The Gaetanos appeal.

II.

"[T]he party asserting federal jurisdiction when it is challenged has the burden of establishing it." DaimlerChrysler Corp. v. Cuno , 547 U.S. 332, 342 n.3, 126 S.Ct. 1854, 164 L.Ed.2d 589 (2006). How the court resolves a subject-matter jurisdiction challenge depends on whether the motion presents a "facial attack or a factual attack." Carrier Corp. v. Outokumpu Oyj , 673 F.3d 430, 440 (6th Cir. 2012) (quoting Gentek Bldg. Prods., Inc. v. Sherwin-Williams Co. , 491 F.3d 320, 330 (6th Cir. 2007) ). A "facial attack" is asserted when the movant accepts the alleged jurisdictional facts as true and "questions merely the sufficiency of the pleading" to invoke federal jurisdiction. Gentek , 491 F.3d at 330. A "factual attack," by contrast, is advanced when the movant contests the alleged jurisdictional facts by introducing evidence outside the pleadings. See id. ; Amburgey v. United States , 733 F.3d 633, 636 (6th Cir. 2013). Here, the Government mounts a factual attack by relying on Agent Goodnight's affidavits.

In such a case, "the district court has wide discretion to allow affidavits, documents, and even a limited evidentiary hearing to resolve jurisdictional facts," Gentek , 491 F.3d at 330, and "the court can actually weigh evidence to confirm the existence of the factual predicates for subject-matter jurisdiction." Carrier Corp ., 673 F.3d at 440. Factual findings made by the district court are reviewed for clear error. Id. But "review of the district court's application of the law to the facts is de novo ." Wayside Church v. Van Buren Cty. , 847 F.3d 812, 817 (6th Cir. 2017) (quoting RMI Titanium Co. v. Westinghouse Elec. Corp. , 78 F.3d 1125, 1135 (6th Cir. 1996) ).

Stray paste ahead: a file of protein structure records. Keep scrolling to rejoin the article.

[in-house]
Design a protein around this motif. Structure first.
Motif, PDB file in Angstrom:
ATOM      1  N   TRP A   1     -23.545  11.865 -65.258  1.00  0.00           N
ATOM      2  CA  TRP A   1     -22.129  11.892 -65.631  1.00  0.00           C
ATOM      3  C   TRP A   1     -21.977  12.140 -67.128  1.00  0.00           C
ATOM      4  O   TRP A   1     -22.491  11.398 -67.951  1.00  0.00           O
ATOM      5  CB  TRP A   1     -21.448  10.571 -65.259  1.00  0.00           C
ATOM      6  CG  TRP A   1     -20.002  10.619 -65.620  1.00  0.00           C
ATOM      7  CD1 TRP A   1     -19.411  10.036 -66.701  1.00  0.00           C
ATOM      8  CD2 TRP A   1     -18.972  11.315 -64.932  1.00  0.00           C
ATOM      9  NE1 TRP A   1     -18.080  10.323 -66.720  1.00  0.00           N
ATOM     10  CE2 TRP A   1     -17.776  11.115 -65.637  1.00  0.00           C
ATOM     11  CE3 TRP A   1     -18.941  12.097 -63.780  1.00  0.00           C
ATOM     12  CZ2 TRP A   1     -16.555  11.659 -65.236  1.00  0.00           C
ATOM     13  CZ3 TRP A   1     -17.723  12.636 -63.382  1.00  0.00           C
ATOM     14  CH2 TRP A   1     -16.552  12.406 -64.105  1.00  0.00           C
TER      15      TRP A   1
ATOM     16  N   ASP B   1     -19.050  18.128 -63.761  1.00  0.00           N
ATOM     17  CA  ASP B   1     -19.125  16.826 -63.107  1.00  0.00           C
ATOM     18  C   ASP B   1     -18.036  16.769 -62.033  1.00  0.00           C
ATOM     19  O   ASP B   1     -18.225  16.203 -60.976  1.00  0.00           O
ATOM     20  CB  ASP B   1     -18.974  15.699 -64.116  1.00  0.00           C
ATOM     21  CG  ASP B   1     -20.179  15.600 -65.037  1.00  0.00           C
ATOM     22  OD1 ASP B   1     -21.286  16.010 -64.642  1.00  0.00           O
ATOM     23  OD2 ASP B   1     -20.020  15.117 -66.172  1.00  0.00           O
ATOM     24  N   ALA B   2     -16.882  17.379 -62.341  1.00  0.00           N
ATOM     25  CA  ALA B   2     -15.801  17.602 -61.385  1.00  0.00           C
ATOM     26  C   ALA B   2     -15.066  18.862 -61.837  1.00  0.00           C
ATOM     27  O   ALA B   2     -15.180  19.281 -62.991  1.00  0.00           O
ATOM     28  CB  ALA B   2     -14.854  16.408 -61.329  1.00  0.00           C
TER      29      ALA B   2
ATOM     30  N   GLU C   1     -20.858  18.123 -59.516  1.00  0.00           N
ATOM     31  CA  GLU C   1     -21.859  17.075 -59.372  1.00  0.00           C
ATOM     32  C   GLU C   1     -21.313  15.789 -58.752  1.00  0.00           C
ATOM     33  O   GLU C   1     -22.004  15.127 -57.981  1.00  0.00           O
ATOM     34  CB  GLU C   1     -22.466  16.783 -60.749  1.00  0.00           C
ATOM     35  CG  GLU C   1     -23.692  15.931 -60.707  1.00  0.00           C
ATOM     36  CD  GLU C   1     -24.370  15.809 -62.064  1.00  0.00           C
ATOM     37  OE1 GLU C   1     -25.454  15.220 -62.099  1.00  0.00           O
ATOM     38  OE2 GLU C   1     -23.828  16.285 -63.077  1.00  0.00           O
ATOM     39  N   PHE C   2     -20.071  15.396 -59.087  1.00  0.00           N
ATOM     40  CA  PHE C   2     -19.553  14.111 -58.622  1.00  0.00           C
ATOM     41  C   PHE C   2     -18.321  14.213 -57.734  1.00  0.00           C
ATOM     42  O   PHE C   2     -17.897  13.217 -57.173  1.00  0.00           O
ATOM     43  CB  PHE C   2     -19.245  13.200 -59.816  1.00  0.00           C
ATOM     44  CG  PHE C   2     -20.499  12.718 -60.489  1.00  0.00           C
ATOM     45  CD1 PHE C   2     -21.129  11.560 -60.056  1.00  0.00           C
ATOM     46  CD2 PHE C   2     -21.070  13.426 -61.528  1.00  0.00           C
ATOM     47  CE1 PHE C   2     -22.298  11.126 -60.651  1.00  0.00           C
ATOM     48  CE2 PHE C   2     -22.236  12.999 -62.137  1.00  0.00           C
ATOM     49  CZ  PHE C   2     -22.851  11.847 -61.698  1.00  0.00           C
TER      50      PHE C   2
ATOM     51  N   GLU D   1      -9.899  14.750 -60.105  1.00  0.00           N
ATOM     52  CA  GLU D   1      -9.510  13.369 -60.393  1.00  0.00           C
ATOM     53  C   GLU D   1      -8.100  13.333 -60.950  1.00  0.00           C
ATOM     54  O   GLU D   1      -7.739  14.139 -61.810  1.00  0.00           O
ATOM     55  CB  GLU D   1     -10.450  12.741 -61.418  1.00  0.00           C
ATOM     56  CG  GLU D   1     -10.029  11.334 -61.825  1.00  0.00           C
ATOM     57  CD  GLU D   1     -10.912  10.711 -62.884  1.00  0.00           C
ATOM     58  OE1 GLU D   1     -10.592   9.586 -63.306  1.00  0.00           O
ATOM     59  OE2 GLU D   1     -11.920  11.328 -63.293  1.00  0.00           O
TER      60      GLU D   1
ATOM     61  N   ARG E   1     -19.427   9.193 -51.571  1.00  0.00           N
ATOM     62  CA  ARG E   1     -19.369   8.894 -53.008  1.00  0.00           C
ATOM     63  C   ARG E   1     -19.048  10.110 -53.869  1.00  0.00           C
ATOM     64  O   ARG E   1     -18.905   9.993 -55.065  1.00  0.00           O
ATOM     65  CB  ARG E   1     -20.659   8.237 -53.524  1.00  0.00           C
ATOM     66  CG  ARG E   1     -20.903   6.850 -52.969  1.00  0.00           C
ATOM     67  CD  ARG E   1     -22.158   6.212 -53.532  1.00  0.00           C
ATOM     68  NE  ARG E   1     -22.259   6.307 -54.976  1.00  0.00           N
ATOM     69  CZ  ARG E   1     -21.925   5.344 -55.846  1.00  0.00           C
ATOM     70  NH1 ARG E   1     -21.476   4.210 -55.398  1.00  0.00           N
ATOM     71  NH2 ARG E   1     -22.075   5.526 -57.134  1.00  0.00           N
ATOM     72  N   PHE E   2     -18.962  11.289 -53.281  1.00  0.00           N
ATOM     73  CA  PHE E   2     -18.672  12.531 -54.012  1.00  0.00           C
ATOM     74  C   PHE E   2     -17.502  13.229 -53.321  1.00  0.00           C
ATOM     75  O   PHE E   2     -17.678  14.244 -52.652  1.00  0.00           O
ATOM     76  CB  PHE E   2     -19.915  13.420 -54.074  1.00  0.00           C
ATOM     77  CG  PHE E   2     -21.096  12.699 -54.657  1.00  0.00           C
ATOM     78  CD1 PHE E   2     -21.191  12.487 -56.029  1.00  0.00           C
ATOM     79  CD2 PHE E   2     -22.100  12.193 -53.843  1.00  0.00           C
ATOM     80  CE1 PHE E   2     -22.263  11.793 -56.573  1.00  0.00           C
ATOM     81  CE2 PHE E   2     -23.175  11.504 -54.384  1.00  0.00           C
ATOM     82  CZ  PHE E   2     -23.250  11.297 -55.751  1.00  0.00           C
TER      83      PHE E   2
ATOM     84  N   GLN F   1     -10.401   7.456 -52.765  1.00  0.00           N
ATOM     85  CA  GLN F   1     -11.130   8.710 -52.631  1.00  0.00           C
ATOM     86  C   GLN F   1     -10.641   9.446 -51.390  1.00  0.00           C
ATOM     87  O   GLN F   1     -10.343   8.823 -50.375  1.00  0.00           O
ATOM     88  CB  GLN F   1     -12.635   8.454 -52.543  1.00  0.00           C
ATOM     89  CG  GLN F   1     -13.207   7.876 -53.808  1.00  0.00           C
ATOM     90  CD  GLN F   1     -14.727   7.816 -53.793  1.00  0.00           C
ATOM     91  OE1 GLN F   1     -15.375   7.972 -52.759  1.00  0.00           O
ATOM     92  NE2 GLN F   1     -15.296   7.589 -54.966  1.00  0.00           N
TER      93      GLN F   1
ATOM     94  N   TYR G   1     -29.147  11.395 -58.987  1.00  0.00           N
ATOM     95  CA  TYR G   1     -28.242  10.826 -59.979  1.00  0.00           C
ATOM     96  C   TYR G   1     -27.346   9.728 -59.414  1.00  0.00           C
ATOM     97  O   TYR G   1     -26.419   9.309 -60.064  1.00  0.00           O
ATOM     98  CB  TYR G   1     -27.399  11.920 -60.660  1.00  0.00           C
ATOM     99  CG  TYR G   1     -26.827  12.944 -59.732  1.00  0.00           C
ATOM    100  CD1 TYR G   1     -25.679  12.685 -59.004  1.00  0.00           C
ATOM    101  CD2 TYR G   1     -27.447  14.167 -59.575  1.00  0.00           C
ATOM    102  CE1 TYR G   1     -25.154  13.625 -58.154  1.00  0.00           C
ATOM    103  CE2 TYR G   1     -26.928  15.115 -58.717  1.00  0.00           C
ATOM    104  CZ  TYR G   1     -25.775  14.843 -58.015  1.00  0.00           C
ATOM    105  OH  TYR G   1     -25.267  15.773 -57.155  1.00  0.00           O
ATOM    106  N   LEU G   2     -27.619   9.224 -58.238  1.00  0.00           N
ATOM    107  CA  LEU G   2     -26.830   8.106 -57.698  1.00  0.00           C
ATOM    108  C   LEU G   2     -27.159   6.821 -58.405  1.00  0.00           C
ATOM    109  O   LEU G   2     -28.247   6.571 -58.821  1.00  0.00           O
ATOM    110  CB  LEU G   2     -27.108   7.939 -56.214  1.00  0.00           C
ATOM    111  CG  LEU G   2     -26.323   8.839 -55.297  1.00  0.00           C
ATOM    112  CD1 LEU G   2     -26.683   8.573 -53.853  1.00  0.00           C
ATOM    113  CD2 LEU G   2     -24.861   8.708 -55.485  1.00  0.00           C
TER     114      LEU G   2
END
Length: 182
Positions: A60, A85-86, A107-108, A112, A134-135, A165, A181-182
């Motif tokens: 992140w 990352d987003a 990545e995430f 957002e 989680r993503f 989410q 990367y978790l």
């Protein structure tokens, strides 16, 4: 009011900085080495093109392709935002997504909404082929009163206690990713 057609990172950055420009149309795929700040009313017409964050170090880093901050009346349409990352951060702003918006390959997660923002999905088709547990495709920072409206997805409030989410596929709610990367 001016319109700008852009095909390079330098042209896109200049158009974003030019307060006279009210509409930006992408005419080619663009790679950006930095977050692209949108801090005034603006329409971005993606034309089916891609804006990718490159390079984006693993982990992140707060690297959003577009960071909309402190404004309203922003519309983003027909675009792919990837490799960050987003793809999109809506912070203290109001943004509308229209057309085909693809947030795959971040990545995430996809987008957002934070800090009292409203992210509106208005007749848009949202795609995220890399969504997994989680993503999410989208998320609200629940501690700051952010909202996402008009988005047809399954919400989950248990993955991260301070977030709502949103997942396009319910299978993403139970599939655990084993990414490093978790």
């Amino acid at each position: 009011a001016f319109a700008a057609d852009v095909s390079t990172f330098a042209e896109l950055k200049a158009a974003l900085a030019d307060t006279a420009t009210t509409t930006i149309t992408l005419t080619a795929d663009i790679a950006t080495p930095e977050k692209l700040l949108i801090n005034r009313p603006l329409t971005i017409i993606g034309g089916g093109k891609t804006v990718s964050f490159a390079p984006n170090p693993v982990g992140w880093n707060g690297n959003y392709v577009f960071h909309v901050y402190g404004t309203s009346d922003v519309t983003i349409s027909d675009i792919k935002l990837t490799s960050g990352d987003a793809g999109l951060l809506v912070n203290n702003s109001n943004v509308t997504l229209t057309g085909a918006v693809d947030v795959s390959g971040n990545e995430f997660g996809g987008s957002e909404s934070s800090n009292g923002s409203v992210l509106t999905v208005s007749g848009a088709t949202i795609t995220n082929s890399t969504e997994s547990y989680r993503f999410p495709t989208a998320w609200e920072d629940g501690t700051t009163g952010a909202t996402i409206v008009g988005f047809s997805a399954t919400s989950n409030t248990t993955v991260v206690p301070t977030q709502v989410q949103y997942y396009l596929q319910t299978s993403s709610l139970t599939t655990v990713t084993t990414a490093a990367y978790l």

III.

The Government asserts sovereign immunity as a jurisdictional bar to this action. "Absent a waiver, sovereign immunity shields the Federal Government and its agencies from suit." FDIC v. Meyer , 510 U.S. 471, 475, 114 S.Ct. 996, 127 L.Ed.2d 308 (1994). "Sovereign immunity is jurisdictional in nature." Id. It implicates a court's subject-matter jurisdiction because the "terms of [the United States’] consent to be sued in any court define that court's jurisdiction to entertain the suit." See id. (citation omitted); see also Brownback v. King , ––– U.S. ––––, 141 S. Ct. 740, 749, ––– L.Ed.2d –––– (2021). An action to quash a summons issued by the IRS is a suit against the United States requiring a waiver of its sovereign immunity. See Clay v. United States , 199 F.3d 876, 879 (6th Cir. 1999) ; Barmes v. United States , 199 F.3d 386, 388 (7th Cir. 1999) ; Taylor v. United States , 292 F. App'x 383, 385 (5th Cir. 2008). Any "waiver of sovereign immunity must be ‘unequivocally expressed’ in statutory text," Fed. Aviation Admin. v. Cooper , 566 U.S. 284, 290, 132 S.Ct. 1441, 182 L.Ed.2d 497 (2012) (quoting Lane v. Pena , 518 U.S. 187, 192, 116 S.Ct. 2092, 135 L.Ed.2d 486 (1996) ), and must be "strictly construed, in terms of its scope, in favor of the sovereign." Lane , 518 U.S. at 192, 116 S.Ct. 2092 ; Orff v. United States , 545 U.S. 596, 601-02, 125 S.Ct. 2606, 162 L.Ed.2d 544 (2005).

The Gaetanos claim jurisdiction obtains under 26 U.S.C. § 7609. We disagree. The United States’ sovereign immunity...